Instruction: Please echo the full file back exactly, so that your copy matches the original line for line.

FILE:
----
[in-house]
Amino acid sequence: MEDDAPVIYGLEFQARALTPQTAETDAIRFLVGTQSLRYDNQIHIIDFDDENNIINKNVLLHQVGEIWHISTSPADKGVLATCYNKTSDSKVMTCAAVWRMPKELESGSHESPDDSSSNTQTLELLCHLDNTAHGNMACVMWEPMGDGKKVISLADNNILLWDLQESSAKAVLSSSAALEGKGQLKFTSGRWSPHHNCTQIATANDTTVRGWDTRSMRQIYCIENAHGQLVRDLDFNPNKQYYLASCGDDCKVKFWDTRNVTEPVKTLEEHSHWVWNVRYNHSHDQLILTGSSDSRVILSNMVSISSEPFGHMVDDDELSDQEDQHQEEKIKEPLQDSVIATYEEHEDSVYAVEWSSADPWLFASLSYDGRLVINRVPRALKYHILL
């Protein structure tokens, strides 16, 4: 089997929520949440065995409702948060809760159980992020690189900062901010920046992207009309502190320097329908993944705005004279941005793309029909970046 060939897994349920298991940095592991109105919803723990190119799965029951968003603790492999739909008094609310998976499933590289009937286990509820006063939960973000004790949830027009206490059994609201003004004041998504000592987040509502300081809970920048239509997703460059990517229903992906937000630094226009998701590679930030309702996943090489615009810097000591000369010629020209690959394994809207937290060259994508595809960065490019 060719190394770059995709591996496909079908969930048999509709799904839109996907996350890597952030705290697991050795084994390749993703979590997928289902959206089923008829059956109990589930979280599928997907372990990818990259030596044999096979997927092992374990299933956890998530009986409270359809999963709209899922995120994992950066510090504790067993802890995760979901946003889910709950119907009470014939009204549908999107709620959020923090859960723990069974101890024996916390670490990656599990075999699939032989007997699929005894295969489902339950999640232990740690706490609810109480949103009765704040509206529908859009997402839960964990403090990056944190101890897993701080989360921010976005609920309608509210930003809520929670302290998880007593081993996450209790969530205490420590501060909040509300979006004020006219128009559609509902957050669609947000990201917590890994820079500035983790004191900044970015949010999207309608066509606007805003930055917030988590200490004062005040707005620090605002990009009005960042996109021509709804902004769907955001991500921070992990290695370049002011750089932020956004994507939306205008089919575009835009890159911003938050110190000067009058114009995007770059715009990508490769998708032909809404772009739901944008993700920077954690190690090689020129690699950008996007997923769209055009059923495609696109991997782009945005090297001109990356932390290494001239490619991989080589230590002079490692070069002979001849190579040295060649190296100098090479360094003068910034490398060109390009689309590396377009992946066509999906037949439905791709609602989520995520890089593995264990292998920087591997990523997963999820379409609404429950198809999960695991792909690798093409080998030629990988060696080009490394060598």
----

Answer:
[in-house]
Amino acid sequence: MEDDAPVIYGLEFQARALTPQTAETDAIRFLVGTQSLRYDNQIHIIDFDDENNIINKNVLLHQVGEIWHISTSPADKGVLATCYNKTSDSKVMTCAAVWRMPKELESGSHESPDDSSSNTQTLELLCHLDNTAHGNMACVMWEPMGDGKKVISLADNNILLWDLQESSAKAVLSSSAALEGKGQLKFTSGRWSPHHNCTQIATANDTTVRGWDTRSMRQIYCIENAHGQLVRDLDFNPNKQYYLASCGDDCKVKFWDTRNVTEPVKTLEEHSHWVWNVRYNHSHDQLILTGSSDSRVILSNMVSISSEPFGHMVDDDELSDQEDQHQEEKIKEPLQDSVIATYEEHEDSVYAVEWSSADPWLFASLSYDGRLVINRVPRALKYHILL
């Protein structure tokens, strides 16, 4: 089997929520949440065995409702948060809760159980992020690189900062901010920046992207009309502190320097329908993944705005004279941005793309029909970046 060939897994349920298991940095592991109105919803723990190119799965029951968003603790492999739909008094609310998976499933590289009937286990509820006063939960973000004790949830027009206490059994609201003004004041998504000592987040509502300081809970920048239509997703460059990517229903992906937000630094226009998701590679930030309702996943090489615009810097000591000369010629020209690959394994809207937290060259994508595809960065490019 060719190394770059995709591996496909079908969930048999509709799904839109996907996350890597952030705290697991050795084994390749993703979590997928289902959206089923008829059956109990589930979280599928997907372990990818990259030596044999096979997927092992374990299933956890998530009986409270359809999963709209899922995120994992950066510090504790067993802890995760979901946003889910709950119907009470014939009204549908999107709620959020923090859960723990069974101890024996916390670490990656599990075999699939032989007997699929005894295969489902339950999640232990740690706490609810109480949103009765704040509206529908859009997402839960964990403090990056944190101890897993701080989360921010976005609920309608509210930003809520929670302290998880007593081993996450209790969530205490420590501060909040509300979006004020006219128009559609509902957050669609947000990201917590890994820079500035983790004191900044970015949010999207309608066509606007805003930055917030988590200490004062005040707005620090605002990009009005960042996109021509709804902004769907955001991500921070992990290695370049002011750089932020956004994507939306205008089919575009835009890159911003938050110190000067009058114009995007770059715009990508490769998708032909809404772009739901944008993700920077954690190690090689020129690699950008996007997923769209055009059923495609696109991997782009945005090297001109990356932390290494001239490619991989080589230590002079490692070069002979001849190579040295060649190296100098090479360094003068910034490398060109390009689309590396377009992946066509999906037949439905791709609602989520995520890089593995264990292998920087591997990523997963999820379409609404429950198809999960695991792909690798093409080998030629990988060696080009490394060598």